In wake of protests, resignations threaten credibility of state human rights council

Four members of the National Council for Human Rights submitted their resignations on Saturday, objecting to the council’s performance and stance toward the ongoing political incidents.

Abdel Khaleq Farouq, Ehab al-Kharrat, Ahmed Harara and Hanna Gereis submitted their resignations Saturday after four other members, Ahmed Seif al-Islam, Wael Khalil, Mohamed Zarei and Abdel Ghaffar Shokr, resigned last week.

Kharrat told Al-Masry Al-Youm that the council, a state body established under former President Hosni Mubarak, is mostly made up of Islamists, making it biased. He said compromise doesn’t suit the human rights field, but only in politics, and the council was not the place for playing politics. Under current law, the president selects members of the body.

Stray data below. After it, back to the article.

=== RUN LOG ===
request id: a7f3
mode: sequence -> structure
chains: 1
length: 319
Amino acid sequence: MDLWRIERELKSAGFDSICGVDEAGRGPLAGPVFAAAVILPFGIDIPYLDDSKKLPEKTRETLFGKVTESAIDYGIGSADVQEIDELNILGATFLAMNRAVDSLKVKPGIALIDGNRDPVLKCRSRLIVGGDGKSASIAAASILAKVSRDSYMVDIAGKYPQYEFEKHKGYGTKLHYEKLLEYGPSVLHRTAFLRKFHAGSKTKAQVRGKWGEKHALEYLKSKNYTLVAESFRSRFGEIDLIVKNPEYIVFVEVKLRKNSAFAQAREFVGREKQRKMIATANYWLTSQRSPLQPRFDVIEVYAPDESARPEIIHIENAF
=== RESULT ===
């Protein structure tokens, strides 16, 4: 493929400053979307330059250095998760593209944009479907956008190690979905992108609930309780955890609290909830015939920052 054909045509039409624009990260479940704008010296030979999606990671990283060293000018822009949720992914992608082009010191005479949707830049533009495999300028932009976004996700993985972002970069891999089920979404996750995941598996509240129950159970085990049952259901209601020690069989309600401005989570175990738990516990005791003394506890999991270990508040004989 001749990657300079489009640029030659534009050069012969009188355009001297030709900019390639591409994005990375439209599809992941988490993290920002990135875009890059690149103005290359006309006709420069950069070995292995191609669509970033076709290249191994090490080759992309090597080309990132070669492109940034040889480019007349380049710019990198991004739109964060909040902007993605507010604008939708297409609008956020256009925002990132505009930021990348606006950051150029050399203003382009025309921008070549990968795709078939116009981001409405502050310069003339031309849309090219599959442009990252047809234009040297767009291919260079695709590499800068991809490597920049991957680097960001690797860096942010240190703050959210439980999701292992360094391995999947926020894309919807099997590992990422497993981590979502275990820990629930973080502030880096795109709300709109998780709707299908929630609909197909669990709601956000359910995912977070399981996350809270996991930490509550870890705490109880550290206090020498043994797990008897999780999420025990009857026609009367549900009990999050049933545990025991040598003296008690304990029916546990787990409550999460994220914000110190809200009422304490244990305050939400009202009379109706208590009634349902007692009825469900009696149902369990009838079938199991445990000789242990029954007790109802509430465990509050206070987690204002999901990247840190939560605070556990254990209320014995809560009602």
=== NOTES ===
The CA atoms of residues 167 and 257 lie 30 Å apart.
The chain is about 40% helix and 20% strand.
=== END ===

He said the Shura Council should select replacement members, other than those who resigned, as the number of members should not be less than the quorum of 25.

Zarei expressed fear that the recent resignations would represent an end of the council, the credibility of which has been thrown into question.

Gereis said some Islamist members had declared frankly at a recent session that they could not separate between their stances on human rights and political issues, which made the council lose its credibility.

Several activists and politicians called on the regime to take responsibility for the violence outside the presidential palace, where clashes between supporters and opponents of President Mohamed Morsy have killed at least seven Egyptians.

Edited translation from Al-Masry Al-Youm

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